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Thompson v. Cronin

OPINION FILED MAY 12, 1977.

LEE THOMPSON ET AL., PLAINTIFFS-APPELLANTS,

v.

JOSEPH M. CRONIN, STATE SUPERINTENDENT OF EDUCATION, ET AL., DEFENDANTS-APPELLEES. — (JOLIET TOWNSHIP HIGH SCHOOL DISTRICT NO. 203 ET AL., INTERVENING RESPONDENTS-APPELLEES.)



APPEAL from the Circuit Court of Grundy County; the Hon. JAMES J. WIMBISCUS, Judge, presiding.

MR. JUSTICE SCOTT DELIVERED THE OPINION OF THE COURT:

Rehearing denied June 8, 1977.

This is an appeal from an order of the circuit court of Grundy County which dismissed a complaint filed by the plaintiffs-appellants (hereinafter referred to as the plaintiffs) which sought the issuance of a writ of certiorari for the purpose of reviewing a ruling made by Joseph M. Cronin, State Superintendent of Education of the State of Illinois (hereinafter referred to as the defendant), the effect of which was to set aside an order of the Regional Superintendent of Educational Service Region, Grundy County, which had granted the prayer of the plaintiffs' petition to organize a community unit school district. During the oral argument of this appeal the intervening respondents, Joliet Township High School District No. 204 and Troy Community Unit School District No. 30-C (hereinafter referred to as the respondents), were present by their counsel and this court further had the benefit of an amicus curiae brief and argument of certain parties who were designated as a committee of 10 to represent as attorney-in-fact all petitioners and certain interested school districts not a party to the litigation.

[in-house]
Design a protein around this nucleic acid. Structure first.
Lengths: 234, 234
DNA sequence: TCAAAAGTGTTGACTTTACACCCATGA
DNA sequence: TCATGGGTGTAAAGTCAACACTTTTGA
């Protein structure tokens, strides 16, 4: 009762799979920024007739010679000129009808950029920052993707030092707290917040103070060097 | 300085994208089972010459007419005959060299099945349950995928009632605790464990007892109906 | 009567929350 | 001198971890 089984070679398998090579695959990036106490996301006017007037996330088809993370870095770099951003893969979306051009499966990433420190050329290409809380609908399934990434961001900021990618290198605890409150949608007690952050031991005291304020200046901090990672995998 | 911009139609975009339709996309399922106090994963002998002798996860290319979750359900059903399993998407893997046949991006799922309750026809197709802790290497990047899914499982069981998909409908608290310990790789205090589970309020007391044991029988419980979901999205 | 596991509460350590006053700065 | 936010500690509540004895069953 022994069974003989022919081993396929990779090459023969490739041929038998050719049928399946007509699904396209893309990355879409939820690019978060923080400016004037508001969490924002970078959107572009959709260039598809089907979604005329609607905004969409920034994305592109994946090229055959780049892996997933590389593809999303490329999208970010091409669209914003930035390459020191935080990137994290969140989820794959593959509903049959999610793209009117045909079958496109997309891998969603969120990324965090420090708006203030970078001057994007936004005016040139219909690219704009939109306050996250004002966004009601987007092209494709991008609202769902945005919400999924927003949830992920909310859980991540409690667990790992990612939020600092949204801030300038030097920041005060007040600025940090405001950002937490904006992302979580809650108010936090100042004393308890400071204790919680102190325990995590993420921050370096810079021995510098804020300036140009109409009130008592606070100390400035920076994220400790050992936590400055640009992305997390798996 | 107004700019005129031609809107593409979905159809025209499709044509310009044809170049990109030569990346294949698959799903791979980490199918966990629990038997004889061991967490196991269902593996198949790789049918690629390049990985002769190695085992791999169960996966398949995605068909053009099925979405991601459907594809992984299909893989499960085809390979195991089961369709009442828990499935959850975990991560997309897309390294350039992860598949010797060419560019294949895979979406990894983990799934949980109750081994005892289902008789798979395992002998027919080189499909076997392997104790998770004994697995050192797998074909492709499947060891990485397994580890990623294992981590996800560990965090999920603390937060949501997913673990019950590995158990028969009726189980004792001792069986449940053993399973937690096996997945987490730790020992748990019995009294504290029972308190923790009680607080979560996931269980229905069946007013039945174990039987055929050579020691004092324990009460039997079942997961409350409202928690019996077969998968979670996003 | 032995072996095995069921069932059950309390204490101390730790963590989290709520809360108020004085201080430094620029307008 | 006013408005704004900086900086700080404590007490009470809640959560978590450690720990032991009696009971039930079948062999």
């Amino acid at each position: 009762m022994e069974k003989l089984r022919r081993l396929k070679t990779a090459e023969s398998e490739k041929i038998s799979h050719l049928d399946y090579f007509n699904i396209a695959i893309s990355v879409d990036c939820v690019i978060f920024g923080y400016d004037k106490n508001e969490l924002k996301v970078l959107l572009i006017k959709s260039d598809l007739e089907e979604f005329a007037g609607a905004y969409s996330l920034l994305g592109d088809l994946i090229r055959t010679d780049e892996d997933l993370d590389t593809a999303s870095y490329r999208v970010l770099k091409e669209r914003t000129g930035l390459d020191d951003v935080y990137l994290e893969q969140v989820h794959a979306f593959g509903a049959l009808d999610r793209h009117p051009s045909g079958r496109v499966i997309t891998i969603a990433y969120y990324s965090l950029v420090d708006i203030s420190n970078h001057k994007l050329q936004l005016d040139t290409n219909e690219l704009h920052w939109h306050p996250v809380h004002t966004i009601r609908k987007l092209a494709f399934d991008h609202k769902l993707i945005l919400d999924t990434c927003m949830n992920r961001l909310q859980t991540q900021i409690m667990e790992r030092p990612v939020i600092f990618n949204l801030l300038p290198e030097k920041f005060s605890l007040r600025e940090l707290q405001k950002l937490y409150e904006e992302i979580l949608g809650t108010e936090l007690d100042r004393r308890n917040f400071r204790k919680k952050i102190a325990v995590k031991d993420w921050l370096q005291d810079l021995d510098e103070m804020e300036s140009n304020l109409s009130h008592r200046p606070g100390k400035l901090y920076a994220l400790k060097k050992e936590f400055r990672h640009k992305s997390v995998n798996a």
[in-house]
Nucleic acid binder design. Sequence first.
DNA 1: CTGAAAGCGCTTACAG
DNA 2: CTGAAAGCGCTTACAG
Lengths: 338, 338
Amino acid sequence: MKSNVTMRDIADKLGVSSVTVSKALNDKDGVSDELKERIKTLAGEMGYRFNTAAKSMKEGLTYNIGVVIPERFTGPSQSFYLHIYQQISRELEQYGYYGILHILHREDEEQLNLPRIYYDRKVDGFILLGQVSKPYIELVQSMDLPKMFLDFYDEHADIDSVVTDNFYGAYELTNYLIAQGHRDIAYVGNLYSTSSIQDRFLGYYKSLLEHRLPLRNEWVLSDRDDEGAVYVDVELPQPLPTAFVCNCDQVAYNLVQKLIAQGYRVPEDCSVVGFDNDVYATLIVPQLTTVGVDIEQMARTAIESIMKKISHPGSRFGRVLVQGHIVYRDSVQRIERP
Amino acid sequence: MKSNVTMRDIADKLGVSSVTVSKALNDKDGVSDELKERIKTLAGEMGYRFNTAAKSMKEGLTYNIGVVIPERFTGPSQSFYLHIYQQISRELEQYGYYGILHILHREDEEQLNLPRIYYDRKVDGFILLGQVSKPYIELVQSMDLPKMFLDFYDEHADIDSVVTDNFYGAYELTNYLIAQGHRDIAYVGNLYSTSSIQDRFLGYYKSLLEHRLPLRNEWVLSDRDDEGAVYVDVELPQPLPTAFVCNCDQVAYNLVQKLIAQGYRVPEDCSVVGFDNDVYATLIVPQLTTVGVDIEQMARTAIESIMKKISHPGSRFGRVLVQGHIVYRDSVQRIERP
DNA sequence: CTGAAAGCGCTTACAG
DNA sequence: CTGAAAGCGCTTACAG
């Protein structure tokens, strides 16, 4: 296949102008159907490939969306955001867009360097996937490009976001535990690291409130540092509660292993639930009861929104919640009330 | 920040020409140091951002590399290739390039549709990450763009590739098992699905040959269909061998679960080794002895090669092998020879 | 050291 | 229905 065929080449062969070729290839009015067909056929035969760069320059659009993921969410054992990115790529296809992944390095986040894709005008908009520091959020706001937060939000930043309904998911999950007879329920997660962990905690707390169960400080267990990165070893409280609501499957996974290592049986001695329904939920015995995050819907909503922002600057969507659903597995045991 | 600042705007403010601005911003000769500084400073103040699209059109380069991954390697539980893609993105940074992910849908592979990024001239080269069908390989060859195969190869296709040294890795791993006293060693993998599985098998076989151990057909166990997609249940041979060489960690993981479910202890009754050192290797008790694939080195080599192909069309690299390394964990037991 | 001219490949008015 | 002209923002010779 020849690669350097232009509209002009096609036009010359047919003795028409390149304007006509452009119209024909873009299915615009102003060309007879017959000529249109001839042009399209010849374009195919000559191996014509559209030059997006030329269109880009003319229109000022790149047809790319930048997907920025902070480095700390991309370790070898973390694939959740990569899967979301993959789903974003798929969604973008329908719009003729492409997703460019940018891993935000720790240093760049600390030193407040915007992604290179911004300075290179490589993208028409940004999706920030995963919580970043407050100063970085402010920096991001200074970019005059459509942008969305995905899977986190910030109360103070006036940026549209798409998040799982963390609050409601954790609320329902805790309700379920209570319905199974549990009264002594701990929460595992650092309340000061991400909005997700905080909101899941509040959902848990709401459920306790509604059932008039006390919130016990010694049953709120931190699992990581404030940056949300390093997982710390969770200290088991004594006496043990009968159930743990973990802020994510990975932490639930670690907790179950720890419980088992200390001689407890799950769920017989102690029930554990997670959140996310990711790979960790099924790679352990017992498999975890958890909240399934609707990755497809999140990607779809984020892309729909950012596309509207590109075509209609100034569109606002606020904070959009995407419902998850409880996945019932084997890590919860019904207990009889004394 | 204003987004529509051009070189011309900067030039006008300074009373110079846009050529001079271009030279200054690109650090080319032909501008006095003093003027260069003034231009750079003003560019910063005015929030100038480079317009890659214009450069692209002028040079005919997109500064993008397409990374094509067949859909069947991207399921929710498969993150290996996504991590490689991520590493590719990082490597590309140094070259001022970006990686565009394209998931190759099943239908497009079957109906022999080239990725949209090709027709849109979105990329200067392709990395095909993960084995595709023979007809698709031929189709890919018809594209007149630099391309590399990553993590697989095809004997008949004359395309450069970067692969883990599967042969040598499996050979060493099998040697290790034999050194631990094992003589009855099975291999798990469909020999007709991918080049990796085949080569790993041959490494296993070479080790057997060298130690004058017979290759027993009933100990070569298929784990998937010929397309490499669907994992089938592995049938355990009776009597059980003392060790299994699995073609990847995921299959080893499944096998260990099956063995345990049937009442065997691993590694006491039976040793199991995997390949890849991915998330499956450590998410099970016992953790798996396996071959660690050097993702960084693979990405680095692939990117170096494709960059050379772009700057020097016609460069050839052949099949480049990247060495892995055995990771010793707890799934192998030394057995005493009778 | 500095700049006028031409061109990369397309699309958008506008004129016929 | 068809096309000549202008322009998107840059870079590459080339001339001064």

In order to determine the issues presented for review in this appeal it is necessary to set forth in some detail the factual background and procedural aspects of this litigation.